The Equifax Hack: What all companies need to know and do to prevent it from happening to them

Mark Curphey By Mark Curphey
September 11, 2017

The Facts - On September 7th Equifax announced that hackers breached their systems. According to their information site the breach occurred in mid-May and became known to Equifax on July 29th. In the days following the announcement, Equifax's stock fell over 13%, a congressional hearing was ordered and a class-action lawsuit formed for the people affected. Fortune describes the hack as "...the most economically damaging hack in U.S. history".

The full story and the long term impact are still emerging but given the magnitude of this hack and the details that are already known, we have put together a set of free resources to help you make sure your company does not become the next Equifax.

How the Equifax Data Breach Happened

In this particular case hackers exploited a web vulnerability in the Equifax site which was built on a Java framework called Apache Struts. Struts is widely used in banks, airlines, and Fortune 1000 companies and like almost all popular open-source code has had its fair share of vulnerabilities being reported which have subsequently been patched. This year there have been several major vulnerabilities reported in Struts: the first in March and the most recent last week. SourceClear also knows that most vulnerabilities are not reported to the National Vulnerability Database (NVD) and Struts, like other open-source projects are likely to contain many inherited and similar issues.

Analyzing the Latest Code for Apache Struts

We analyzed the latest code for Struts on Sunday 10th September which revealed it uses 11 vulnerable libraries which have 43 security advisories reported against them. One specific library has a high risk remote code execution vulnerability where the vulnerable part is actively being called. Information about this issue CVE-2017-7525 at the time of writing is marked as Reserved in the NVD meaning it is not publicly or widely available but SourceClear has a complete technical writeup available to its users. This new issue is a textbook case of why simplistic tools that only look at the source code are not sufficient for open-source security testing because the library in question is only added to Struts at build-time and would therefore never be seen by tools monitoring code repos like GitHub.

Data breaches like this are a result of hackers exploiting vulnerable open-source code are becoming the new normal. There are effective tools and processes you can adopt today to prevent it from happening to you.

What You Should Do

All companies can take immediate steps to determine if their projects are using the vulnerable versions of Apache Struts and then determine if they themselves are vulnerable.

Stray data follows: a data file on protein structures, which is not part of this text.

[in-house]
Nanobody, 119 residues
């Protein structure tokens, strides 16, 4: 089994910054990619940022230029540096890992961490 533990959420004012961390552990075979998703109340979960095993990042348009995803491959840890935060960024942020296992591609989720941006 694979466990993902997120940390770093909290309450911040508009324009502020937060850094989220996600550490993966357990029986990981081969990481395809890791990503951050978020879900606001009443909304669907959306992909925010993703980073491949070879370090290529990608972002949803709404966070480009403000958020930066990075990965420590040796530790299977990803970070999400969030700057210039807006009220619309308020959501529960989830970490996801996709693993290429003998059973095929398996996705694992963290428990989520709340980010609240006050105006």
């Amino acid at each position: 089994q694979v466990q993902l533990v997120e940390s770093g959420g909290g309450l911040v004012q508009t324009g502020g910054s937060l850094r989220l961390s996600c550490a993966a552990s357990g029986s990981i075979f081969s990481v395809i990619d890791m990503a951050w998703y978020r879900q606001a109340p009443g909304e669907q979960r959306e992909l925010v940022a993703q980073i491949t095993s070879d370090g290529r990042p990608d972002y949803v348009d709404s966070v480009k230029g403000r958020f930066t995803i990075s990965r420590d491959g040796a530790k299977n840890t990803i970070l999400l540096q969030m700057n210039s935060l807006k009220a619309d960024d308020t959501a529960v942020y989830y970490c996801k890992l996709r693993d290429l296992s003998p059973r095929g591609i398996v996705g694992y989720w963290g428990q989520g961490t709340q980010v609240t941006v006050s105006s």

Scanning with SourceClear will show you what open-source is being used, which vulnerable libraries are being used, and most importantly if you are using them in a way that makes your company vulnerable. Our real-world studies show that less than 10% of the time that vulnerable Java libraries are used that the project is actually vulnerable and the only way to actually determine this is to scan your projects when they are being compiled. SourceClear is the only solution that uses call-graph technology to perform this level of analysis.

Longer term all companies should build an open-source security program which scans always all code as part of the continuous integration process and ensures that only safe-code is being consumed by their software supply chain. SourceClear is a security automation and risk management solution for open-source code that integrates with all continuous integration systems and connects with issues trackers like Atlassian's JIRA to allow security teams and development teams to work together, keeping safe open-source in and kicking un-safe open-source out.

Mark Curphey, Vice President, Strategy
Mark Curphey is the Vice President of Strategy at Veracode. Mark is the founder and CEO of SourceClear, a software composition analysis solution designed for DevSecOps, which was acquired by CA Technologies in 2018. In 2001, he founded the Open Web Application Security Project (OWASP), a non-profit organization known for its Top 10 list of Most Critical Web Application Security Risks.
Mark moved to the U.S. in 2000 to join Internet Security Systems (acquired by IBM), and later held roles including director of information security at Charles Schwab, vice president of professional services at Foundstone (acquired by McAfee), and principal group program manager, developer division, at Microsoft.
Born in the UK, Mark received his B.Eng, Mechanical Engineering from the University of Brighton, and his Masters in Information Security from Royal Holloway, University of London. In his spare time, he enjoys traveling, and cycling.